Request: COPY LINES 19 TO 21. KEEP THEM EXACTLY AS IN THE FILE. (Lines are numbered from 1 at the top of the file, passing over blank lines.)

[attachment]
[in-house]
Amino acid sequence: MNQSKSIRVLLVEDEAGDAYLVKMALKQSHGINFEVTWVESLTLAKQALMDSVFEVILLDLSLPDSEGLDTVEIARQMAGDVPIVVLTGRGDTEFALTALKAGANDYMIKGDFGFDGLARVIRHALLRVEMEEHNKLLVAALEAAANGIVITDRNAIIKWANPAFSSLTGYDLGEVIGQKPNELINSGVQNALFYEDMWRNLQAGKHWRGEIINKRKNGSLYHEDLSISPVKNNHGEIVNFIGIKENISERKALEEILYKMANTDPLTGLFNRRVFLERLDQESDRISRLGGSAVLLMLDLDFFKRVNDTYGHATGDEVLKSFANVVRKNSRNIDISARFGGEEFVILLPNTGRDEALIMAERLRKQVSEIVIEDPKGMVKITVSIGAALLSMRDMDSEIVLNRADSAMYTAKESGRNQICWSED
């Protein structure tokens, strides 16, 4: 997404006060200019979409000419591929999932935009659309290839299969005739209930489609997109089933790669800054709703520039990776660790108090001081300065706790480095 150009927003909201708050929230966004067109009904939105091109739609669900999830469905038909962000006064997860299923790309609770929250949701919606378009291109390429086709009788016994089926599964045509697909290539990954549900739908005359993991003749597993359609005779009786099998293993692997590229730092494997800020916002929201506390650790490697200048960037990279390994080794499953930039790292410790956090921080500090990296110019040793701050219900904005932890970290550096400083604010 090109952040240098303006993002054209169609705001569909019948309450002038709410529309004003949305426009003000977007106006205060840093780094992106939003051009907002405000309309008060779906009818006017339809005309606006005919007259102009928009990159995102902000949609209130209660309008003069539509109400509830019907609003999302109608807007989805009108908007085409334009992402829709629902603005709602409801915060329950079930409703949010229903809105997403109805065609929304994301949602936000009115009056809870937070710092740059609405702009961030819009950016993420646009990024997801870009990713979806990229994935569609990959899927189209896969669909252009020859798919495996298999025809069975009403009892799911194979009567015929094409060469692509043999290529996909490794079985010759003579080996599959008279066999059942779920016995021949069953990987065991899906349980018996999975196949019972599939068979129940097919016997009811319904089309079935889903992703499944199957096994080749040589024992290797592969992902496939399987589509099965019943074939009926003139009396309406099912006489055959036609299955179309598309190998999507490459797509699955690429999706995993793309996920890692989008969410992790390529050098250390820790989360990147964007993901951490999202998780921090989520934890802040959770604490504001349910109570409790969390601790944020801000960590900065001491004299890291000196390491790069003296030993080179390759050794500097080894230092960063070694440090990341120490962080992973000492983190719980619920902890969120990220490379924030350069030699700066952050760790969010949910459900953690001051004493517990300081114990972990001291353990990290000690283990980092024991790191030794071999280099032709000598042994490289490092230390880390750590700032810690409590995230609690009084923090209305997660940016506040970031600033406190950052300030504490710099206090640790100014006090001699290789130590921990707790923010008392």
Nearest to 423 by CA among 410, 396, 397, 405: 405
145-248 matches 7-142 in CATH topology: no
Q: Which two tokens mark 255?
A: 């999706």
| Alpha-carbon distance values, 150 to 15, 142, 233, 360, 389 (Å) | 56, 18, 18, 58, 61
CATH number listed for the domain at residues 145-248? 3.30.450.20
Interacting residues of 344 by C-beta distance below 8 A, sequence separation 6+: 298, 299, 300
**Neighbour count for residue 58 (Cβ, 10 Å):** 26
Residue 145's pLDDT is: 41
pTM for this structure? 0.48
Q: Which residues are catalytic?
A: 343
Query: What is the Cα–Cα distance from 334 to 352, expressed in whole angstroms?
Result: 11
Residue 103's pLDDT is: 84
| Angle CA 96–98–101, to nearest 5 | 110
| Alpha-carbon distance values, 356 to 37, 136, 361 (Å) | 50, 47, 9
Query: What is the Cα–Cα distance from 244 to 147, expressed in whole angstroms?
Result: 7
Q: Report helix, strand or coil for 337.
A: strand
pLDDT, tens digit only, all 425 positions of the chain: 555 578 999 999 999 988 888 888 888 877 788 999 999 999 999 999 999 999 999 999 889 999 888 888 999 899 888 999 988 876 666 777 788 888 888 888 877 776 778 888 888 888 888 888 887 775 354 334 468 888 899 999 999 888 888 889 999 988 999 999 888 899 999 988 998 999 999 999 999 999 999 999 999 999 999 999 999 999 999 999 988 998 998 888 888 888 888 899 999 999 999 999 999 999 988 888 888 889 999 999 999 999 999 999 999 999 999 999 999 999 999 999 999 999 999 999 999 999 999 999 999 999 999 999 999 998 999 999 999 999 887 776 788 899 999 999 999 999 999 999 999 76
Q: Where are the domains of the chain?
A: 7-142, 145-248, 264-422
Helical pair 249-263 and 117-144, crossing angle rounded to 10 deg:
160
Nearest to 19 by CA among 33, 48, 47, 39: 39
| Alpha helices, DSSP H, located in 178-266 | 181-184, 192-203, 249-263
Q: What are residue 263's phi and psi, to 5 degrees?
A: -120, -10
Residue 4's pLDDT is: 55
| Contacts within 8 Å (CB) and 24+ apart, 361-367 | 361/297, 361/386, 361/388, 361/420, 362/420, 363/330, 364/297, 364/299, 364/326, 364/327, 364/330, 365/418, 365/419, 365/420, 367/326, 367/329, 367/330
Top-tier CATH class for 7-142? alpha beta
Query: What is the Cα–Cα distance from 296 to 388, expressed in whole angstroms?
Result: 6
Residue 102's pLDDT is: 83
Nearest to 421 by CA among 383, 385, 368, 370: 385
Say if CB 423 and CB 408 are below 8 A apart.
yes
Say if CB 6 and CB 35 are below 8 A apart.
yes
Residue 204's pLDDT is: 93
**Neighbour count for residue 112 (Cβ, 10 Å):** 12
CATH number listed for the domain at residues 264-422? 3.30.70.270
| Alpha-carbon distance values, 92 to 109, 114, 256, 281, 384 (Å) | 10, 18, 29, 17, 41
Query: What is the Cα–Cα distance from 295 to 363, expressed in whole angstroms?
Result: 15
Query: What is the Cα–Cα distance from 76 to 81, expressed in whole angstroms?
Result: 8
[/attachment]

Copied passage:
| Angle CA 96–98–101, to nearest 5 | 110
| Alpha-carbon distance values, 356 to 37, 136, 361 (Å) | 50, 47, 9
Query: What is the Cα–Cα distance from 244 to 147, expressed in whole angstroms?